An inflation-proof home for your savings

NS&I's inflation-beating savings certificates proved so popular last year that they had to be pulled to prevent them totally dominating the savings market.

Savers worried about soaring inflation were thrown a lifeline last week with the return to the market of National Savings & Investments' (NS&I) inflation-linked savings certificates. This inflation-beating product proved so popular last year that it had to be pulled in order to prevent the government-run NS&I from totally dominating the savings market. We've been waiting for them to return. And now they have.

The new NS&I index-linked savings certificates offer an interest rate that is linked to the Retail Prices Index (RPI): you are paid the change in RPI plus 0.5% annually as long as you leave your money for five years. Only 0.5% above RPI might sound a little measly on old NS&I products it was 1% and there are products on the high street that offer a larger percentage above RPI.

But the key difference is that returns on NS&I accounts are free from tax. So to beat this account on the high street using the current RPI figure of 5.2% a basic-rate taxpayer would need to find an account paying 6.5%, a 40%taxpayer 8.7% and a 50% taxpayer 10.4%. Sadly, there are no accounts out there paying anything close to that. The best rate on the market is 5% for a five-year bond with the AA or 4.5% for a five-year cash Isa with Northern Rock. So NS&I is certainly offering savers a great deal.

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You can invest up to £15,000 in the account and the rate is guaranteed for five years, but you don't necessarily have to lock your cash up for five years. In order to see any return on your investment you will need to leave your savings untouched for at least a year. But after that you can withdraw your money (as long as you take all of it at once). If you cash in your certificate on an anniversary date then you will get your original investment plus the interest for that year and any previous years. If you cash in at any other point in the year (after the first year) you'll get the most recent anniversary value plus any increase in inflation plus the fixed rate of interest for each complete month since the anniversary. So if inflation starts to slumpafter that first year or interest rates rise and there are better deals elsewhere you can pull your cash out without penalty.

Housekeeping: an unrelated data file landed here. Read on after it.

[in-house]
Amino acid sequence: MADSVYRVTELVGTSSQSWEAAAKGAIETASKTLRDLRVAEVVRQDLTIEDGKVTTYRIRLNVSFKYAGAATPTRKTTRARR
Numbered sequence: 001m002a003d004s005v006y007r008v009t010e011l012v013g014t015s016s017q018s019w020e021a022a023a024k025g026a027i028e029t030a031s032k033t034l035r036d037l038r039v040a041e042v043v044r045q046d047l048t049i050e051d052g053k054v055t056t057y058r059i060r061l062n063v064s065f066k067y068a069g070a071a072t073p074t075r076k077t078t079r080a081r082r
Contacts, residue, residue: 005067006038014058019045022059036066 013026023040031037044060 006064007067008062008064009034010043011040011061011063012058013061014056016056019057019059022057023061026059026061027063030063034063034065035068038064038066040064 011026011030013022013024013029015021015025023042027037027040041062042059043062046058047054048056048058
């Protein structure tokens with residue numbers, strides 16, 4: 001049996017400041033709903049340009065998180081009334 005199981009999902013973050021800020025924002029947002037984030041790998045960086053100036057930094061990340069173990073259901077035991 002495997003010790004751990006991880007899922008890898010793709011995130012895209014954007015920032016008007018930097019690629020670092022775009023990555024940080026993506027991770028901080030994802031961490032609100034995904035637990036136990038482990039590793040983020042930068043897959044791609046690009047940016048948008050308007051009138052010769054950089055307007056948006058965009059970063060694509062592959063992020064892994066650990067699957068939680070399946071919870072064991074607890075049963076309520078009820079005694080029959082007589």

But you will need to act fast. The certificates may not be around for long. "Our aim is to keep savings certificates on sale for a sustained period of time and to enable as many savers as possible who wish to invest to do so," says Jane Platt, chief executive of NS&I. But there are already reports of jammed phone lines and a deluge of applications so it might not be long before NS&I are once again forced to pull the deal.

Ruth Jackson-Kirby

Ruth Jackson-Kirby is a freelance personal finance journalist with 17 years’ experience, writing about everything from savings and credit cards to pensions, property and pet insurance. 

Ruth started her career at MoneyWeek after graduating with an MA from the University of St Andrews, and she continues to contribute regular articles to our personal finance section. After leaving MoneyWeek she went on to become deputy editor of Moneywise before becoming a freelance journalist.

Ruth writes regularly for national publications including The Sunday Times, The Times, The Mail on Sunday and Good Housekeeping among many other titles both online and offline.